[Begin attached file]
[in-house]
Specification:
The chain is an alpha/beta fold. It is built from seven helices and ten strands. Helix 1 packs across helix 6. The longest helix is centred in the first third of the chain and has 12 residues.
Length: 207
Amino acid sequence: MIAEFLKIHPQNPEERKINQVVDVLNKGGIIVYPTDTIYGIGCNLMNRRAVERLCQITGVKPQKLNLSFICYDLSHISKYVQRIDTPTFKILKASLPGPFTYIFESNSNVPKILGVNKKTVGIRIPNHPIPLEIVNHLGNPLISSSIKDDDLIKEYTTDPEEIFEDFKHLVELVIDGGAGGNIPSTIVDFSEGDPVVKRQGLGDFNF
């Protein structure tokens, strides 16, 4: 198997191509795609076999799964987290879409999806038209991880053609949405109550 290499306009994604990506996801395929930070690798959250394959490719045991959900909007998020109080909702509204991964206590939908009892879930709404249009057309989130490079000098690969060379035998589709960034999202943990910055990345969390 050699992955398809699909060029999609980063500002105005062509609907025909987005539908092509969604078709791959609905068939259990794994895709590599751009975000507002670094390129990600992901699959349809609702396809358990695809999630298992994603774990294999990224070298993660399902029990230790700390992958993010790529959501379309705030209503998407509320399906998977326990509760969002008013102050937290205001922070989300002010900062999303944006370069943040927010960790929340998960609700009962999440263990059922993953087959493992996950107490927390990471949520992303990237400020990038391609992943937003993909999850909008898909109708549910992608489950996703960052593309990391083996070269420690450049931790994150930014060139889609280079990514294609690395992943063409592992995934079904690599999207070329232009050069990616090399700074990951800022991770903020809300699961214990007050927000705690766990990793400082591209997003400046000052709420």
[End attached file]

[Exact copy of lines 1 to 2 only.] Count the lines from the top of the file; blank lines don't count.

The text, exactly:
[in-house]
Specification: